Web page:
At age five, Seymour's godmother, Mrs. George S. Goldsboro, took him to see Our American Cousin. He claimed the two sat in the balcony on the side opposite Lincoln's box. Seymour reported that "I complained tearfully that I couldn't get out of the coach because my shirt was torn-anything to delay the dread moment-but Sarah (nurse Sarah Cook) dug into her bag and found a big safety pin. I shook so hard from fright, it caused Sarah to accidentally stab me with the pin. I hollered 'I've been shot! I've been shot!'."
Once in the theater Seymour settled down. He saw the President across the balcony as he was waving and smiling at people. Seymour said "I began to get over the scared feeling I'd had ever since we arrived in Washington, but that was something I never should have done. All of a sudden a shot rang out-a shot that always will be remembered-and someone in the President's box screamed. I saw Lincoln slumped forward in his seat." Seymour did not actually see the assassination but did witness Lincoln's assassin John Wilkes Booth jump off the balcony and break his leg. In fact, he revealed that because he did not know Lincoln was shot or that Booth had shot him, his real concern was for Booth breaking his leg as he mentioned February 9, 1956 on the TV show "I've Got a Secret".
Two months before his death at age 96, he appeared on the CBS TV quiz show I've Got a Secret as a mystery subject, in an episode in which Lucille Ball made an unusual appearance as a guest panelist. Seymour died ninety-one years to the day of Lincoln's assassination, at the home of Mrs. Irene (Horn) Hendley, his daughter in Arlington, Va. He had been in failing health since February when he fell in a New York City hotel while preparing to appear on "I've Got A Secret". He came on the show with his left eye swollen. Garry Moore had suggested he not appear, but Seymour insisted.
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Thanks Lonesome in Massachussets.
I was born the same year as you, and I remember that tv show “What’s My Line”. Wasn’t the host Gary Moore?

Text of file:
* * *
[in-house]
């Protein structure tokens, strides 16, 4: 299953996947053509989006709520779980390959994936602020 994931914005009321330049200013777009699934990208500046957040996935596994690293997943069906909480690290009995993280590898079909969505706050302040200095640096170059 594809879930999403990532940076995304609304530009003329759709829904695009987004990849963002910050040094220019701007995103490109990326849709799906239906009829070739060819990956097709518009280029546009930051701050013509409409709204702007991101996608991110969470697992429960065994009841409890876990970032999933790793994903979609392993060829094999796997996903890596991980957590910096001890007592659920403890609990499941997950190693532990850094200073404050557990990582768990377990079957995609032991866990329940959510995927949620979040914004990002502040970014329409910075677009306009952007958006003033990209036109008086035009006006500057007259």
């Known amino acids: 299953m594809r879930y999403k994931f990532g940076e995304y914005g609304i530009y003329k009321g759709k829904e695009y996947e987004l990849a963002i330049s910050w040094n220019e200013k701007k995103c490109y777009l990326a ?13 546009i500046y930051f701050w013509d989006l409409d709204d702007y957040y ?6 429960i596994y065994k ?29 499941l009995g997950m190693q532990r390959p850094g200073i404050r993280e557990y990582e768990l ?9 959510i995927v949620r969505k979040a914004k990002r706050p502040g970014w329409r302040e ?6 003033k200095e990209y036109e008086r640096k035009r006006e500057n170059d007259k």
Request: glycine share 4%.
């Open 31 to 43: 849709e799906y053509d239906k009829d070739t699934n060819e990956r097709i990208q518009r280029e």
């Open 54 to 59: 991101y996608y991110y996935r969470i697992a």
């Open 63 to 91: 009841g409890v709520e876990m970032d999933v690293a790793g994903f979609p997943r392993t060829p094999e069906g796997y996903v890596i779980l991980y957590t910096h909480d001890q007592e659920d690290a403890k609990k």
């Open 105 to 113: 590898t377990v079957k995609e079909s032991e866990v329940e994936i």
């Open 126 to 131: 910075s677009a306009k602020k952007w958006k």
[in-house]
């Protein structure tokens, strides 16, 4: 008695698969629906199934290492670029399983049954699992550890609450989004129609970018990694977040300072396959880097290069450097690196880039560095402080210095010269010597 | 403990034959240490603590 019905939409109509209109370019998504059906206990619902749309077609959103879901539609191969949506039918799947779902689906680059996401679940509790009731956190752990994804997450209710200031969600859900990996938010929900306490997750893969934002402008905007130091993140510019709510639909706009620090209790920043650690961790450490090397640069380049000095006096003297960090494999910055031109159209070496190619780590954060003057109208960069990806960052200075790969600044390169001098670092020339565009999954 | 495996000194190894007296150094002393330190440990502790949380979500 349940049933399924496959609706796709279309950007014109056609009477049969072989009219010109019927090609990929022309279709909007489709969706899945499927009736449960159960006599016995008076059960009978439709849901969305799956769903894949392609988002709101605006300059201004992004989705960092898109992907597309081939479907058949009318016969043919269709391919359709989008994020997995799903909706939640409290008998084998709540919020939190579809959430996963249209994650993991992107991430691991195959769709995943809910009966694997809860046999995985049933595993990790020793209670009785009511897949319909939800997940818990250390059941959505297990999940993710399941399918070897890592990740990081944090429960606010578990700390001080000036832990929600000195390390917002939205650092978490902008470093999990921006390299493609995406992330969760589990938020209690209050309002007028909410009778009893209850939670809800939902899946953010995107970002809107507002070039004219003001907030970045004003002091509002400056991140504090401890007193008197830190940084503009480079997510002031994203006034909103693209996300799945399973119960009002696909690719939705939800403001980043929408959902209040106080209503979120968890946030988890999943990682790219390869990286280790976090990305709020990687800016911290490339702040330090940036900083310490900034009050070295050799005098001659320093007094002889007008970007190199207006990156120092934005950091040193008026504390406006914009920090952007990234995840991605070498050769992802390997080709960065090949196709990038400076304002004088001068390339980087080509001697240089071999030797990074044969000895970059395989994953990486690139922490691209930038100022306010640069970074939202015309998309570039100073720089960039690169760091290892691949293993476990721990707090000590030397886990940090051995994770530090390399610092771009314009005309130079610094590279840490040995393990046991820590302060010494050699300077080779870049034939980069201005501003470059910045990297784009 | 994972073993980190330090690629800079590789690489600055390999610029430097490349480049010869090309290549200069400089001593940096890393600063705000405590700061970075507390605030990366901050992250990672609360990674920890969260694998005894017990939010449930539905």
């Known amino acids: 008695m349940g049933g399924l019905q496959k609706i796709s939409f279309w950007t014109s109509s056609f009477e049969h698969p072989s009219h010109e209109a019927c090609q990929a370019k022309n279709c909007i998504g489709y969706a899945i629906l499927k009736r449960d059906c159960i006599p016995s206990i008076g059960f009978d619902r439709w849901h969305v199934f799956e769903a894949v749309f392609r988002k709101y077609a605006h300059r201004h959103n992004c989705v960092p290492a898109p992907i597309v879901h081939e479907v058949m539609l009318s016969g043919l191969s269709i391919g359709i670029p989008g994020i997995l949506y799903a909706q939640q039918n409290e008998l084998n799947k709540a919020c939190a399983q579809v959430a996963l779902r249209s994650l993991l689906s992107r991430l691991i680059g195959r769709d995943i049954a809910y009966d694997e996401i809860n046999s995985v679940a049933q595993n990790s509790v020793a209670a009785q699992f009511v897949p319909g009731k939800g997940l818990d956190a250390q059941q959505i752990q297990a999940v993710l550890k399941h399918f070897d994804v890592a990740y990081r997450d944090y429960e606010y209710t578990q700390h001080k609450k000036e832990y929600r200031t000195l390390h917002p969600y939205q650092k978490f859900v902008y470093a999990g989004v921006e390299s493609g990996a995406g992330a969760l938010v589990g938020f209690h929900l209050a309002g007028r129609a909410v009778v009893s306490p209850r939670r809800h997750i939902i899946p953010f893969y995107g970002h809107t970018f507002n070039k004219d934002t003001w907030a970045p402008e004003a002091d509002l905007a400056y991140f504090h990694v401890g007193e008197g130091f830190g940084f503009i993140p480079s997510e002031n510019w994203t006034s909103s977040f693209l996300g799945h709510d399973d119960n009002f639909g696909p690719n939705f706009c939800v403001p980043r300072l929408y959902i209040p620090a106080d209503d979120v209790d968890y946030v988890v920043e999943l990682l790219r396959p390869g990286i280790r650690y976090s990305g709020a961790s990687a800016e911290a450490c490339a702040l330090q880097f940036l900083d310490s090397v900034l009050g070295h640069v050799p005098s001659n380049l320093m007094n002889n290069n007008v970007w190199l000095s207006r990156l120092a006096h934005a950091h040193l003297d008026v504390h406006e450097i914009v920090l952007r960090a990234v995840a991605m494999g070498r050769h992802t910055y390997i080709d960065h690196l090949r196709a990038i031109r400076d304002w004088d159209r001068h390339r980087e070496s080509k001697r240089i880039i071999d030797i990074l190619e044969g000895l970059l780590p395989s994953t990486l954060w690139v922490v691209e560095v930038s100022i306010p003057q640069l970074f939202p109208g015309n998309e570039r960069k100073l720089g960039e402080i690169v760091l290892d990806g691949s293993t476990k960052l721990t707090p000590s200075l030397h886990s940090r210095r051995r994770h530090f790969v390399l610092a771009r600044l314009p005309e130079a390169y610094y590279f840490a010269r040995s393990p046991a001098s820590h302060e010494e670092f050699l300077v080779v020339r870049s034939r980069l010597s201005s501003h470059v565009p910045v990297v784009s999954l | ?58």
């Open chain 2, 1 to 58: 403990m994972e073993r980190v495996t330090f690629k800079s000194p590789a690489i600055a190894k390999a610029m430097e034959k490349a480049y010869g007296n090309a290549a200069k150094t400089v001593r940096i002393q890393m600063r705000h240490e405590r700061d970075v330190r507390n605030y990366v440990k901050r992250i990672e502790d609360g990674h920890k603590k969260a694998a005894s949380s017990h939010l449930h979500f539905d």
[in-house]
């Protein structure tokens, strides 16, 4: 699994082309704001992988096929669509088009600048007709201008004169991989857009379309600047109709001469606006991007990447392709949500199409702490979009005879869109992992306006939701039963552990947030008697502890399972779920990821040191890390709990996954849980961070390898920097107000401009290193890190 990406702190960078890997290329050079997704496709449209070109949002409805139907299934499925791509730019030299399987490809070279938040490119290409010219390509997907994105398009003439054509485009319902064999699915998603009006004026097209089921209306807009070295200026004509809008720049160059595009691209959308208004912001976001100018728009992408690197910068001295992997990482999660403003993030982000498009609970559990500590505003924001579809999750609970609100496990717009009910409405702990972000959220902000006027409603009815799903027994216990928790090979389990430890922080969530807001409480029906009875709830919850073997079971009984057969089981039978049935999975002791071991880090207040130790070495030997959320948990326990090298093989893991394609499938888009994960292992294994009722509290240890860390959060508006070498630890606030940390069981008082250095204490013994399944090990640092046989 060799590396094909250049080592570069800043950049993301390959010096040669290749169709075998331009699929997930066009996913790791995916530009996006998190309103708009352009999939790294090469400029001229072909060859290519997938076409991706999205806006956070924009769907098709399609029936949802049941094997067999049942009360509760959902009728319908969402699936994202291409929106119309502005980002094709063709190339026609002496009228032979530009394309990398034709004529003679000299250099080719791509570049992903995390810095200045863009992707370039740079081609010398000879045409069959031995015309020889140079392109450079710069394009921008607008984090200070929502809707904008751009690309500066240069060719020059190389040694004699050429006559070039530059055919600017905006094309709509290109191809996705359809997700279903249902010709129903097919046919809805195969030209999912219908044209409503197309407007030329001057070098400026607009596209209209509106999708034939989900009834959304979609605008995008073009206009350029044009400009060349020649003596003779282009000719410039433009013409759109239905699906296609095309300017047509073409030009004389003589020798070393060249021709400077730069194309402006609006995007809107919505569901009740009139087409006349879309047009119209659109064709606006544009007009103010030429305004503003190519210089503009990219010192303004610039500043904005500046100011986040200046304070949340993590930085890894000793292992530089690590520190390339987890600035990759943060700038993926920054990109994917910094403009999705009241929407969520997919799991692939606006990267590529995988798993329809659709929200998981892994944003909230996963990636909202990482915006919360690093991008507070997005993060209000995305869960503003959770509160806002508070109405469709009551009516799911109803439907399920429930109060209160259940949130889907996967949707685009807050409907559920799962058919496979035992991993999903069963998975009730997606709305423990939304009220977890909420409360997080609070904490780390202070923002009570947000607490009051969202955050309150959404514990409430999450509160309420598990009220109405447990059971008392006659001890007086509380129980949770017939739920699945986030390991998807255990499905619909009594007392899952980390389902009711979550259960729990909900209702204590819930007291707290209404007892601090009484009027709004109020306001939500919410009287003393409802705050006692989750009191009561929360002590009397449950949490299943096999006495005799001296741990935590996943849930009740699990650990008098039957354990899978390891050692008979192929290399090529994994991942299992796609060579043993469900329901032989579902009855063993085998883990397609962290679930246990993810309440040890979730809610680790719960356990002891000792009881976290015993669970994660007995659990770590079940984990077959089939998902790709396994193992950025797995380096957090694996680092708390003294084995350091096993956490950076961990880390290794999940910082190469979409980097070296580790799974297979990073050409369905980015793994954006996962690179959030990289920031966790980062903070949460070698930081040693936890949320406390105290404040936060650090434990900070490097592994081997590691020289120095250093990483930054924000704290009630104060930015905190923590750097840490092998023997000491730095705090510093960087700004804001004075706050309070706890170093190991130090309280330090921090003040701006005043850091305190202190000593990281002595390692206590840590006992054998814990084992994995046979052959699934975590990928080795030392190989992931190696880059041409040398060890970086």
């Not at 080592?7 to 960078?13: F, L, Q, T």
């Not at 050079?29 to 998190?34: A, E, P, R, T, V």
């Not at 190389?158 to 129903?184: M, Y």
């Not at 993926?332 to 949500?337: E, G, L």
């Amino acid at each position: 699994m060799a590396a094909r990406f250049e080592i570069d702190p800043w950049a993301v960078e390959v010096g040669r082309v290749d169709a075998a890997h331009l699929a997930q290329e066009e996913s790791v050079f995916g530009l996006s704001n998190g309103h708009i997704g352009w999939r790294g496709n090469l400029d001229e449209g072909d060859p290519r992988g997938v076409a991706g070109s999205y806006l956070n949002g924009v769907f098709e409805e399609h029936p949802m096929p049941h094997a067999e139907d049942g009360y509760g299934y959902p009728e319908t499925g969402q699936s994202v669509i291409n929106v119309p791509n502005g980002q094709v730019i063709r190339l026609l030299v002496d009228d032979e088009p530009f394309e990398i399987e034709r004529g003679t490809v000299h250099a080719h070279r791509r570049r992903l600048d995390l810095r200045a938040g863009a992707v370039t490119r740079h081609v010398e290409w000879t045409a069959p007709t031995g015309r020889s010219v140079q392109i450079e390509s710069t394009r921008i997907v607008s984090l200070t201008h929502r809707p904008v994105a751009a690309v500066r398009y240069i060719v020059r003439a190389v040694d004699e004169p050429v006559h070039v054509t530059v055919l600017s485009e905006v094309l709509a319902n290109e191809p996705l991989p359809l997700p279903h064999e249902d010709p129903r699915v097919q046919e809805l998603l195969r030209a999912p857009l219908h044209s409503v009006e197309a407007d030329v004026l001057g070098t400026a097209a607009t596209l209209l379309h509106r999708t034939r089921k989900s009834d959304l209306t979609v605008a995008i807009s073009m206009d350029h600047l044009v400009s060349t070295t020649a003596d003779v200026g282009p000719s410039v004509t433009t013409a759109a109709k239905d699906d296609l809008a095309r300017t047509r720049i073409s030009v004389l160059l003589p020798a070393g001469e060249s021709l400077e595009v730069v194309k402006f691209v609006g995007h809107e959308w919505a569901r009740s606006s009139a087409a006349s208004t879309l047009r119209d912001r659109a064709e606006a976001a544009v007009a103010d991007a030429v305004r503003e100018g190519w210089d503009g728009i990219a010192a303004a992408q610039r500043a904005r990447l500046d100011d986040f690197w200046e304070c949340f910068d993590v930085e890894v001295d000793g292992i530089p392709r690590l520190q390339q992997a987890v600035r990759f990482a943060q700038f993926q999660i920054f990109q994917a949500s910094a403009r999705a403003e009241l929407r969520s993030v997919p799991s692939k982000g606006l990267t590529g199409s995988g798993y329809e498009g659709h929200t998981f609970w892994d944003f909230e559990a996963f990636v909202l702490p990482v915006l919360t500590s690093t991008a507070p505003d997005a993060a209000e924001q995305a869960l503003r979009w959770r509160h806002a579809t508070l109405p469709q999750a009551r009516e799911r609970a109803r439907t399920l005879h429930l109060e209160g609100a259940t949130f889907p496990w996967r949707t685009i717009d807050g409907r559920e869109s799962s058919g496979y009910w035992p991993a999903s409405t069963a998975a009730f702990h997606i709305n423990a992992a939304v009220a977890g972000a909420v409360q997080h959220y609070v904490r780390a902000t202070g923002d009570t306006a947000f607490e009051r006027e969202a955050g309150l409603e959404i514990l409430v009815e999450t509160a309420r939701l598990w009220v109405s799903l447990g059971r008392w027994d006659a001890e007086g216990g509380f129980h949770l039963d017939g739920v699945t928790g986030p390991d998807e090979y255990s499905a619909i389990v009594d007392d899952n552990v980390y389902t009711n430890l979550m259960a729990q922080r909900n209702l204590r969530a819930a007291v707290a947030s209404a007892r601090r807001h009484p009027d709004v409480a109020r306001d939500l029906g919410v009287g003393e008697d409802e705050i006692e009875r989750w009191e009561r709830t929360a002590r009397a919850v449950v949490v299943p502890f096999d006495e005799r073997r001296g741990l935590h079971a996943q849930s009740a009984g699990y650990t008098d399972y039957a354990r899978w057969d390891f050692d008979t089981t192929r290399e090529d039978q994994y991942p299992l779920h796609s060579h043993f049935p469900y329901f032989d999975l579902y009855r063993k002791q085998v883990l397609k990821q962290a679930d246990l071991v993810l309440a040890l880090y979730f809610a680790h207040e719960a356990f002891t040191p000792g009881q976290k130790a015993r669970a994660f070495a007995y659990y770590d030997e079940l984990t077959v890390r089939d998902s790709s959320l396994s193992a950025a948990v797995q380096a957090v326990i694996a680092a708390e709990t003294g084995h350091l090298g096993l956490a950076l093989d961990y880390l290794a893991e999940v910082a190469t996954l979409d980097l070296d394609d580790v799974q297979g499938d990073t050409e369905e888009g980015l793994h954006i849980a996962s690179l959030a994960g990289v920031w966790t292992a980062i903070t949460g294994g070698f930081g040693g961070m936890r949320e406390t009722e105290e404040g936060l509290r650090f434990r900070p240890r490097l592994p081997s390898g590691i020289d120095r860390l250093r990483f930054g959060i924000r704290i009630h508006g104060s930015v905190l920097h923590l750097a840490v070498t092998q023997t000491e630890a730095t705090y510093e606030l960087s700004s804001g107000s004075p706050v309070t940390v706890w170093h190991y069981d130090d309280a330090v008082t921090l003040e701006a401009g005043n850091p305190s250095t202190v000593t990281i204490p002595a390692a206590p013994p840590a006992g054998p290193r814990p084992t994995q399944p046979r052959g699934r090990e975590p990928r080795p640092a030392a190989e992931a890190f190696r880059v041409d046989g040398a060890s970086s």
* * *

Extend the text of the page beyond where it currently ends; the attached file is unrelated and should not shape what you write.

OOPS! That show was “I’ve Got a Secret”!
Nah; back then, Lincoln & Mercury weren't even a glimmer in Ford's eye.
That would make Mr. Seymour 151 today.
Did anybody ask him “outside of that, how was the play?”
This is a keeper!
Thanks for posting this! What a reminder that our country is incredibly young.
I visited Ford’s Theater and saw a couple of plays there, on different occasions. Lincoln’s balcony was cordoned off and had a banner affixed to it. There was a small museum of Lincoln memorabilia on the premises. Ford’s Theater lay vacant for many years and was only restored to its original use in the late 1960s.
Whoa! Thanks for the ping to this one. Amazing life span.
He was in his his teens when Little Big Horn happened and nearly 20 when the light bulb was invented. He was in his 40’s when the Wright Brothers flew. Of grandfatherly age (mid 50’s) during WWI. The year after his death, the Soviets launched Sputnik into orbit.
Remarkable to consider that a man’s life could span all of those events.
As I recall [I was 5 at the time] she said that Lincoln had a very high-pitched nasal voice with very much of a Hoosier accent.
An example of the latter is seeing a bright green, tiled wall while cradled in someones arms. It isn't a vivid, detailed memory, just a flash. I was in the hospital twice as a child. Once for tonsils at 18 months (doubtful) and once for eating a bottle of baby aspirin when I was about 3.
It is easy for me to accept this woman's memory is accurate. But my grandmother would say she only heard someone talking about it.:)
It is easy for me to accept this woman's memory is accurate
It is easy for me to accept this gentleman's memory as accurate.
Thank you for posting the additional info about Mr. Seymour. I’m glad that he persisted and that his video clip survives.
Incredible! Thanks for a fascinating post!
Hello? Do you have Prince Albert in a can? Well then . . . .
I knew a woman (she died in the early 1990s at the age of 101) who had a friend many years before who had seen Abraham Lincoln in the flesh.